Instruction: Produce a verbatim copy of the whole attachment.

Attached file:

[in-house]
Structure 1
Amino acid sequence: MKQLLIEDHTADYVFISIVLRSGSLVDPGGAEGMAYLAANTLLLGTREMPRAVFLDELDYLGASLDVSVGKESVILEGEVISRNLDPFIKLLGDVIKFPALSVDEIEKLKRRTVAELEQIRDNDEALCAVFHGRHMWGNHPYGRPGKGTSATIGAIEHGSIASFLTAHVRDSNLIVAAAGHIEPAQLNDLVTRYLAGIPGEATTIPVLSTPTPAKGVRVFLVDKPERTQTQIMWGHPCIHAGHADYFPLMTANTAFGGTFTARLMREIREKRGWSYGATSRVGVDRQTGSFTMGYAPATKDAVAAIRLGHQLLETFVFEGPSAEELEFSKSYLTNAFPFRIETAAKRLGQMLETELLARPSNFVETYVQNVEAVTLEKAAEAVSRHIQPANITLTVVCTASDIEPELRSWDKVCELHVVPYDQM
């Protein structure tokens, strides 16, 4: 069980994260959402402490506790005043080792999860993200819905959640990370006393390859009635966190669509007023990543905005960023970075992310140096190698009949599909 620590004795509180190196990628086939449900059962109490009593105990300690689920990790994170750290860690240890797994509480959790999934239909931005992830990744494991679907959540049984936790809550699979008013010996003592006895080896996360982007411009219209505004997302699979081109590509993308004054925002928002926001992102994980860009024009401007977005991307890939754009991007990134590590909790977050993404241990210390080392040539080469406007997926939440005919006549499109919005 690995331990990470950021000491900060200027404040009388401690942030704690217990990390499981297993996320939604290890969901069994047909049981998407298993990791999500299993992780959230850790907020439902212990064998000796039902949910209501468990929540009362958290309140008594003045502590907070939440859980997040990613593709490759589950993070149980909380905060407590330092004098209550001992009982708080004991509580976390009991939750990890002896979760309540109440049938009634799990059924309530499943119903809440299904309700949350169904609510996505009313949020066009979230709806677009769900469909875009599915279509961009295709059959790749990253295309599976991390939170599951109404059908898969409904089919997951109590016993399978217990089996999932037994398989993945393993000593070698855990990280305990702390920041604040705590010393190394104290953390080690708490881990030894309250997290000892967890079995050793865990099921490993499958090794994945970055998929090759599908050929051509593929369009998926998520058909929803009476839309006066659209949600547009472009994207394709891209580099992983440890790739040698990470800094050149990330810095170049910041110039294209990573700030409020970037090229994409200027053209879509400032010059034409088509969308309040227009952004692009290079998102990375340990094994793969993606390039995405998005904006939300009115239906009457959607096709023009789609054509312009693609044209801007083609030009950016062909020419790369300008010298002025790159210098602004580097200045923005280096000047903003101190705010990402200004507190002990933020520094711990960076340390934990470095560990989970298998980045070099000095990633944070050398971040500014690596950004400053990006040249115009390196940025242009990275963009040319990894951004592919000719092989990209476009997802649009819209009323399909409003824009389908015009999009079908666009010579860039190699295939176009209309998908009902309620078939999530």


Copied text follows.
[in-house]
Structure 1
Amino acid sequence: MKQLLIEDHTADYVFISIVLRSGSLVDPGGAEGMAYLAANTLLLGTREMPRAVFLDELDYLGASLDVSVGKESVILEGEVISRNLDPFIKLLGDVIKFPALSVDEIEKLKRRTVAELEQIRDNDEALCAVFHGRHMWGNHPYGRPGKGTSATIGAIEHGSIASFLTAHVRDSNLIVAAAGHIEPAQLNDLVTRYLAGIPGEATTIPVLSTPTPAKGVRVFLVDKPERTQTQIMWGHPCIHAGHADYFPLMTANTAFGGTFTARLMREIREKRGWSYGATSRVGVDRQTGSFTMGYAPATKDAVAAIRLGHQLLETFVFEGPSAEELEFSKSYLTNAFPFRIETAAKRLGQMLETELLARPSNFVETYVQNVEAVTLEKAAEAVSRHIQPANITLTVVCTASDIEPELRSWDKVCELHVVPYDQM
């Protein structure tokens, strides 16, 4: 069980994260959402402490506790005043080792999860993200819905959640990370006393390859009635966190669509007023990543905005960023970075992310140096190698009949599909 620590004795509180190196990628086939449900059962109490009593105990300690689920990790994170750290860690240890797994509480959790999934239909931005992830990744494991679907959540049984936790809550699979008013010996003592006895080896996360982007411009219209505004997302699979081109590509993308004054925002928002926001992102994980860009024009401007977005991307890939754009991007990134590590909790977050993404241990210390080392040539080469406007997926939440005919006549499109919005 690995331990990470950021000491900060200027404040009388401690942030704690217990990390499981297993996320939604290890969901069994047909049981998407298993990791999500299993992780959230850790907020439902212990064998000796039902949910209501468990929540009362958290309140008594003045502590907070939440859980997040990613593709490759589950993070149980909380905060407590330092004098209550001992009982708080004991509580976390009991939750990890002896979760309540109440049938009634799990059924309530499943119903809440299904309700949350169904609510996505009313949020066009979230709806677009769900469909875009599915279509961009295709059959790749990253295309599976991390939170599951109404059908898969409904089919997951109590016993399978217990089996999932037994398989993945393993000593070698855990990280305990702390920041604040705590010393190394104290953390080690708490881990030894309250997290000892967890079995050793865990099921490993499958090794994945970055998929090759599908050929051509593929369009998926998520058909929803009476839309006066659209949600547009472009994207394709891209580099992983440890790739040698990470800094050149990330810095170049910041110039294209990573700030409020970037090229994409200027053209879509400032010059034409088509969308309040227009952004692009290079998102990375340990094994793969993606390039995405998005904006939300009115239906009457959607096709023009789609054509312009693609044209801007083609030009950016062909020419790369300008010298002025790159210098602004580097200045923005280096000047903003101190705010990402200004507190002990933020520094711990960076340390934990470095560990989970298998980045070099000095990633944070050398971040500014690596950004400053990006040249115009390196940025242009990275963009040319990894951004592919000719092989990209476009997802649009819209009323399909409003824009389908015009999009079908666009010579860039190699295939176009209309998908009902309620078939999530």